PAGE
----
Uveal melanoma

Medical quality assurance by Dr. Albrecht Nonnenmacher, MD at May 27, 2016
StartDiseasesUveal melanoma

Melanoma is defined as a type of cancer that develops in cells that produce melanin called melanocytes. It can develop in the eye in which case it is alternatively known as eye melanoma, melanoma of the eye, uveal melanoma, intraocular melanoma, ocular melanoma, and OM.


Definition & Facts

Melanin is the pigment that gives skin its color. The eye contains melanocytes or melanin-producing cells, and melanomas can develop within those cells in the eye. Since most eye melanomas develop in areas of the eye not readily visible, they can be difficult to detect. 

Ocular melanoma is the most common cancer of the eye for adults. According to the Ocular Melanoma Foundation, approximately 2,000 to 2,500 Americans are diagnosed every year with this disease. There are three areas of the eye where eye melanomas typically develop; they are known as the uvea or middle layer of the eye and include the following components: iris, ciliary body, and choroid.

Symptoms & Complaints

Ocular melanoma has various symptoms associated with it. However, they usually appear in later stages of the melanoma, and many instances of ocular melanoma in its early stages have no symptoms. This inhibits early detection.

Symptoms include commonly reported perceptual changes in the eye such as blurred vision and a sensation of flashing lights. In some cases, loss of vision in the affected eye may occur. Physical changes include a dark spot on the iris and a change in the shape and/or size of the pupil.


The causes of ocular melanoma are unknown. As with any cancer, ocular melanoma occurs when there is uncontrolled reproduction of cells. When healthy eye cells develop certain kinds of mutations, they can multiply out of control, forming a melanoma.

Certain factors have been identified as increasing one's risk of developing ocular melanoma. These factors include having light-colored (blue or green) eyes, older age, and being Caucasian. Furthermore, certain inherited skin conditions such as dysplastic nevus syndrome may increase the risk for ocular melanoma.

Diagnosis & Tests

Ocular melanoma may be staged from one to four and tumor size is classified as either small, medium, or large. Diagnostic testing will involve eye examinations that require dilating the pupils. Tests that may be performed include a slit-lamp examination in which a microscope is used to examine the eyes, ophthalmoscopy which employs the use of a magnifying glass, and gonioscopy which uses a goniolens.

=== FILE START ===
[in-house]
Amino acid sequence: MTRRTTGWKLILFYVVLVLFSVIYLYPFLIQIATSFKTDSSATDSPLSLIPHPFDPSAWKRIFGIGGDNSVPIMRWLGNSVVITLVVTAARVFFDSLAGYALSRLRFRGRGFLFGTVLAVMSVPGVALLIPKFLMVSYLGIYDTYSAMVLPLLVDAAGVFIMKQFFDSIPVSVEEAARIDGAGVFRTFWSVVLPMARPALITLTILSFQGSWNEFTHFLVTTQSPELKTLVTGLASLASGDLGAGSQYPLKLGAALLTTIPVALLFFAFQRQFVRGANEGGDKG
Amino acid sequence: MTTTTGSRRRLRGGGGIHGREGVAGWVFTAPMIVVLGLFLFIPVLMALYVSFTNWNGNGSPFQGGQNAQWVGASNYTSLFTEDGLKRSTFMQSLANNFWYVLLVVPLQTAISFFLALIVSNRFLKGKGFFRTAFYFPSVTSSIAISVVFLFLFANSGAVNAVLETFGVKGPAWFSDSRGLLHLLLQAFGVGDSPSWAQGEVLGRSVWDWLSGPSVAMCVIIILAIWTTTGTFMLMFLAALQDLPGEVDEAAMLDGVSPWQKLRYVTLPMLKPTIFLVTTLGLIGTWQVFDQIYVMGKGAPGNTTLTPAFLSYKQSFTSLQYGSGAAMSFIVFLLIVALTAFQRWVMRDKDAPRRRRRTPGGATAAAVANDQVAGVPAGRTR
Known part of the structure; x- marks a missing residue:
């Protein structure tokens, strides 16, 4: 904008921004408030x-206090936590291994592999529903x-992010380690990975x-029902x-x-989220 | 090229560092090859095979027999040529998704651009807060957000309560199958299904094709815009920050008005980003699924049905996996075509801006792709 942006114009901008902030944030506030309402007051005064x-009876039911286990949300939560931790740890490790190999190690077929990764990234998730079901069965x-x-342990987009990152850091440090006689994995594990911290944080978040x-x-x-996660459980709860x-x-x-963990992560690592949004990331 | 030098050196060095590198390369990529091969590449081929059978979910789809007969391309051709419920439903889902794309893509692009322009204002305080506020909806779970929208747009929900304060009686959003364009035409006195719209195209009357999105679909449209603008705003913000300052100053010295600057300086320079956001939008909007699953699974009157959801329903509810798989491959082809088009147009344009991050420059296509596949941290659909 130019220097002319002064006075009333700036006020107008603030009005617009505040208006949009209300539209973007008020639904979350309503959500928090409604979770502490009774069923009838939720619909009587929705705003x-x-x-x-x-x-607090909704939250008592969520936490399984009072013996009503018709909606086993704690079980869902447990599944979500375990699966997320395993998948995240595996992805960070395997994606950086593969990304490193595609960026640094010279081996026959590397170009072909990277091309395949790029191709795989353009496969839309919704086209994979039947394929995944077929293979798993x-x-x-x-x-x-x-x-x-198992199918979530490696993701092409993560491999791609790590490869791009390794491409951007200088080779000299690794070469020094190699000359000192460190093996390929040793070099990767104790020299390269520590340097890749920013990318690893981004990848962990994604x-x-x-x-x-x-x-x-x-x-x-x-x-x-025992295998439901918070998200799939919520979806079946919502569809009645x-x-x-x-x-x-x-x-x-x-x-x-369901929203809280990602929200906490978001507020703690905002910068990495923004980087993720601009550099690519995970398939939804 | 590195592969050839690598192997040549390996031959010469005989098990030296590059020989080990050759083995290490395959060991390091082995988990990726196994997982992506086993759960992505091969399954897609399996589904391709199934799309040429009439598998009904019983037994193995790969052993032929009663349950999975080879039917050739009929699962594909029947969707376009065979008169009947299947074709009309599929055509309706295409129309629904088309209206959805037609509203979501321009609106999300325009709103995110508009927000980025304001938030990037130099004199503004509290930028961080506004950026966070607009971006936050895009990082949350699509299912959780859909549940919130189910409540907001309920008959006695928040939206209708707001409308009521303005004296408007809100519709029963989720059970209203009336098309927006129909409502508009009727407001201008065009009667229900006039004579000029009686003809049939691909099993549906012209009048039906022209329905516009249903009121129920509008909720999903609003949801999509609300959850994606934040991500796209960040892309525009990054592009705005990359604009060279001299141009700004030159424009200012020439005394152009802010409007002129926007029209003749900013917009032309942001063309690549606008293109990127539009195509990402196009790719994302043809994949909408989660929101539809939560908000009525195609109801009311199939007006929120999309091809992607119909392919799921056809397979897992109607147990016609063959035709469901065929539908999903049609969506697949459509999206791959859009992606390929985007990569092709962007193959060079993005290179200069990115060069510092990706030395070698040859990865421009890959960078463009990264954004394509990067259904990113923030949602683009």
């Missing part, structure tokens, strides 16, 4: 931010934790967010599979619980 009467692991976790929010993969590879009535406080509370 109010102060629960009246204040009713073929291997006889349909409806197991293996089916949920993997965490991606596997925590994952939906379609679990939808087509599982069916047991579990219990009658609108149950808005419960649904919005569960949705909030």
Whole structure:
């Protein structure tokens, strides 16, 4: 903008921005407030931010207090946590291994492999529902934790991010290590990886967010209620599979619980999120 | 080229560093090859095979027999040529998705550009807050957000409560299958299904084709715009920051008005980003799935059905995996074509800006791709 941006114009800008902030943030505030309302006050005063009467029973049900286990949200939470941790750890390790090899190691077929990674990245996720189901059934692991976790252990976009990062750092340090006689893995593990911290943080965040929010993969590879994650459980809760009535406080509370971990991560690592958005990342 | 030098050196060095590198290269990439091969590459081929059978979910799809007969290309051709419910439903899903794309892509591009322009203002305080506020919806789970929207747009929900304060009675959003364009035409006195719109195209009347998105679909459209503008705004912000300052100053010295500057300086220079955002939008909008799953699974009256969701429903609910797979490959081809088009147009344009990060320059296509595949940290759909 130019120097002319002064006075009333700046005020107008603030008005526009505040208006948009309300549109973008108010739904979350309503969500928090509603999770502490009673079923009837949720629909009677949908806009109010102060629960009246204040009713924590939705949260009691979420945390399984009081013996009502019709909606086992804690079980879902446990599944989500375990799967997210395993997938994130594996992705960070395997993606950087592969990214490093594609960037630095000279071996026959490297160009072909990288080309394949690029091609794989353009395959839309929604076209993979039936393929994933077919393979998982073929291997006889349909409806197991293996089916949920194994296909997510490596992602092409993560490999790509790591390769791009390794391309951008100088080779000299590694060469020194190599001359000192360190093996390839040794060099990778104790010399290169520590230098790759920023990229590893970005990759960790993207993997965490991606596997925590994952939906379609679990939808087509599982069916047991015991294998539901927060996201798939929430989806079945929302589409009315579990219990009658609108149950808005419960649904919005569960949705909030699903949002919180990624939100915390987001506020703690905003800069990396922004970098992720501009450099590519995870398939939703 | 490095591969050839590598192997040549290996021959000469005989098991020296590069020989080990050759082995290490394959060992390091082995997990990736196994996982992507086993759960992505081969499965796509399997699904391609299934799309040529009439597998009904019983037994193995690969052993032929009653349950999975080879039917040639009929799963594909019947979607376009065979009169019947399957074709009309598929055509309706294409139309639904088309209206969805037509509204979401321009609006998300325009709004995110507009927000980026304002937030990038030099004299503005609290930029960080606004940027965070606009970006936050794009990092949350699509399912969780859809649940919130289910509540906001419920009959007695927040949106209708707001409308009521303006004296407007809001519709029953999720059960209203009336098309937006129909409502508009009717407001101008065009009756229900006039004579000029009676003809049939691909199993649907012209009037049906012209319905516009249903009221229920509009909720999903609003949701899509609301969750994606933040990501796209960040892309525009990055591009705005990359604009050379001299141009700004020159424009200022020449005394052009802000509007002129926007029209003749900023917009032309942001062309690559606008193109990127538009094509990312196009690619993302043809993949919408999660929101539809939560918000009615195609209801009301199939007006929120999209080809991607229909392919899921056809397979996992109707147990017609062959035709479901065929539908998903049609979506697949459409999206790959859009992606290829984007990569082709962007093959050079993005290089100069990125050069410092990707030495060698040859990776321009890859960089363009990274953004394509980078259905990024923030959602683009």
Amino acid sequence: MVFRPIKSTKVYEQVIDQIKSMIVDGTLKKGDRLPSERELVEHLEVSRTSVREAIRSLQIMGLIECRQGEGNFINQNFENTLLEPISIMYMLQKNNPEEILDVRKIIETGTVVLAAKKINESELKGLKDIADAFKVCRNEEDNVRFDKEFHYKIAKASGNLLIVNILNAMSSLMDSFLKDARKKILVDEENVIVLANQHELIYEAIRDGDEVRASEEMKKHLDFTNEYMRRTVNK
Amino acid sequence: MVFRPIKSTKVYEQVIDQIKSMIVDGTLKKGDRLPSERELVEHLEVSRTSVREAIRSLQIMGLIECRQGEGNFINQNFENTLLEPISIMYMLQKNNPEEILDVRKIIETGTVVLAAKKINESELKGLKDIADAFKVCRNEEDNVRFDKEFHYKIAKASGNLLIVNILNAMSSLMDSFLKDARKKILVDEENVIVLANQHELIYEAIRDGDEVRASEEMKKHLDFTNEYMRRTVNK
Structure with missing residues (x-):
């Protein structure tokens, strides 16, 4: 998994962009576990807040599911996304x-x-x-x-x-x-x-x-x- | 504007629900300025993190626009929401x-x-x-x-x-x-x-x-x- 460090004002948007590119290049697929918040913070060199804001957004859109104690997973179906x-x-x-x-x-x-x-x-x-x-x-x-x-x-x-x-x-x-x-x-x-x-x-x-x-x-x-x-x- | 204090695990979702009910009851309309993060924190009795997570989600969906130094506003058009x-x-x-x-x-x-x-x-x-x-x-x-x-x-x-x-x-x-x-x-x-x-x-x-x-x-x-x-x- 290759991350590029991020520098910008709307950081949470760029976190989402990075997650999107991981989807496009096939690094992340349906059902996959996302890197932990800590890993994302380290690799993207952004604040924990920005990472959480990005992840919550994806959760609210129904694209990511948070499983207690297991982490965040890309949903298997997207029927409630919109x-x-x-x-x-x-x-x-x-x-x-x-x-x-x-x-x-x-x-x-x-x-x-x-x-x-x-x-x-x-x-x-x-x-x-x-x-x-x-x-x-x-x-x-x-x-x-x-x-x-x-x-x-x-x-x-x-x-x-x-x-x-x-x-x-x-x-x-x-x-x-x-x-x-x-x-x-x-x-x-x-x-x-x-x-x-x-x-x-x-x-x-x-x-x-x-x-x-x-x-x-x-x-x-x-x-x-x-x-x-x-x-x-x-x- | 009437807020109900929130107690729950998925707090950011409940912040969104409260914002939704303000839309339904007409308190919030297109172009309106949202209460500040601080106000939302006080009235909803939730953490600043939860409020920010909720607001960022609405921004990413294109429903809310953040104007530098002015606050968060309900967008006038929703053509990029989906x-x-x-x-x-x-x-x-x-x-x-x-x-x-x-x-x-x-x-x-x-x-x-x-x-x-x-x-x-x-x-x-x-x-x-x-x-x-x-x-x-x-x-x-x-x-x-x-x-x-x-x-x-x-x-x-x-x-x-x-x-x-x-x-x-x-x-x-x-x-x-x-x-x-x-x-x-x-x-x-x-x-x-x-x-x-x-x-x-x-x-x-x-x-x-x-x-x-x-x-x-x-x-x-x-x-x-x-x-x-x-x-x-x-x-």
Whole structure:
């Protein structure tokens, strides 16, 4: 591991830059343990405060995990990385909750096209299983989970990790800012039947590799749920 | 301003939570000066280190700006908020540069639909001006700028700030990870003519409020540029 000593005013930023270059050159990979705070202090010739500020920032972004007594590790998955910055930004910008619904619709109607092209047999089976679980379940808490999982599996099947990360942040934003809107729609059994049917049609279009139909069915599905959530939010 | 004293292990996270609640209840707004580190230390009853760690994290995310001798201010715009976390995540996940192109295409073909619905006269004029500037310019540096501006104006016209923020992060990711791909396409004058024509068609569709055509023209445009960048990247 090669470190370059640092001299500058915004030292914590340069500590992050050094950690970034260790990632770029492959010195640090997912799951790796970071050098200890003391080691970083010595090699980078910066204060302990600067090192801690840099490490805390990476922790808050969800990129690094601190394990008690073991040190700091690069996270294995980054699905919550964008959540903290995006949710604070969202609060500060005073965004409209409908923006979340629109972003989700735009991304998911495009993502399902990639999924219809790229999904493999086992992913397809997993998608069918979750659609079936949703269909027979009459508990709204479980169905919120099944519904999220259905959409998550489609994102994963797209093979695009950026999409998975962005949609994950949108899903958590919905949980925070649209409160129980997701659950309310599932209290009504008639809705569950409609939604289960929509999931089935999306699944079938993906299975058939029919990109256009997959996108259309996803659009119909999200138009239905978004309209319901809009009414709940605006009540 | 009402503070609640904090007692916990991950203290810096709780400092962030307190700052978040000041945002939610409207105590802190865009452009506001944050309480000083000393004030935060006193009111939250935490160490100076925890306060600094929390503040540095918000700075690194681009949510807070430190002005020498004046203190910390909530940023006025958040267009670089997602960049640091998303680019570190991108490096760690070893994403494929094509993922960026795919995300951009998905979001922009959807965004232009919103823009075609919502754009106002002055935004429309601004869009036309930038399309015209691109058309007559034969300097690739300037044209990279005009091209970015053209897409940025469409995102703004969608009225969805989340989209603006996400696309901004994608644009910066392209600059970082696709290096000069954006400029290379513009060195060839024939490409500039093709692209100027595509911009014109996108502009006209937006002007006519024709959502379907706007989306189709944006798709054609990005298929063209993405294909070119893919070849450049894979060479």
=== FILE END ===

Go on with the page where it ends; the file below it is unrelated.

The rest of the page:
Once an ophthalmologist suspects that a melanoma may be present, additional testing may include an ultrasound, a test that utilizes high-energy sound waves which bounce off of internal eye tissues and helps create an image of the eye tissues from the sound wave's echoes. From these echoes, an ophthalmologist can determine the thickness of the melanoma. Another procedure, fluorescein angiography, consists of a dye injected into the arm which subsequently travels into the eye. Special camera equipment then takes pictures of the inside of the eye and helps determine whether any particular blockages are present.

Finally, a biopsy, a test in which a sample of tissue is removed from the eye to be tested in the laboratory, can be conducted in order to determine the presence of a melanoma, although this measure is usually unnecessary. Once an eye melanoma has been diagnosed, it is important to know whether the cancer has spread (metastasized), and imaging tests that scan the body may be conducted. These could include tests such as CT scans, MRIs, and PET scans.

Treatment & Therapy

Various treatment and therapy options exist to help treat ocular melanoma. The type of treatment chosen is dependent on numerous factors, including the location of the melanoma, the size of the melanoma, and the patient's general health. If the melanoma is small, the ophthalmologist may choose to monitor the melanoma to see whether or not it grows – which is termed watchful waiting.

Treatment may include surgical intervention, radiation therapy, and laser therapy. Radiation therapy makes use of high energy rays such as X-rays in order to kill the melanoma or at least to keep it from growing. Internal radiation therapy may be used in which radiation is delivered directly into or near the area being treated. External beam radiotherapy may be used as well; this type of radiation is delivered from outside of the body.

One type of internal radiation therapy is plaque radiation therapy. This form of treatment involves a disk, referred to as a plaque, that has radioactive pellets attached to it; this disk is placed on the wall of the eye where the tumor is located. Temporary stitches then help hold the plaque in place for a period of approximately 4 to 5 days, before removal.

Surgical intervention varies based on the size of the melanoma. Small melanomas often require the removal of the melanoma itself and some of the surrounding eye tissue, which is called a resection. Larger melanomas may necessitate enucleation, the removal of the whole eye. Exenteration involves the removal of the eye as well as all of the surrounding tissues of the eye including the muscles, nerves, and fat.

Laser therapy may also be used as a form of treatment and includes transpupillary thermotherapy or laser coagulation as options. For some individuals, clinical trials should be explored.

Prevention & Prophylaxis

The prevention of ocular melanoma is difficult, since it is unknown what causes the disease itself and known risk factors such as age and race cannot be avoided. Preventative measures that apply to other cancers also are applicable here; an active lifestyle, regular exercise, and healthy diet may assist in reducing one's risk for developing ocular melanoma. Regular ophthalmologist visits may enable the detection of melanomas before they have metastasized.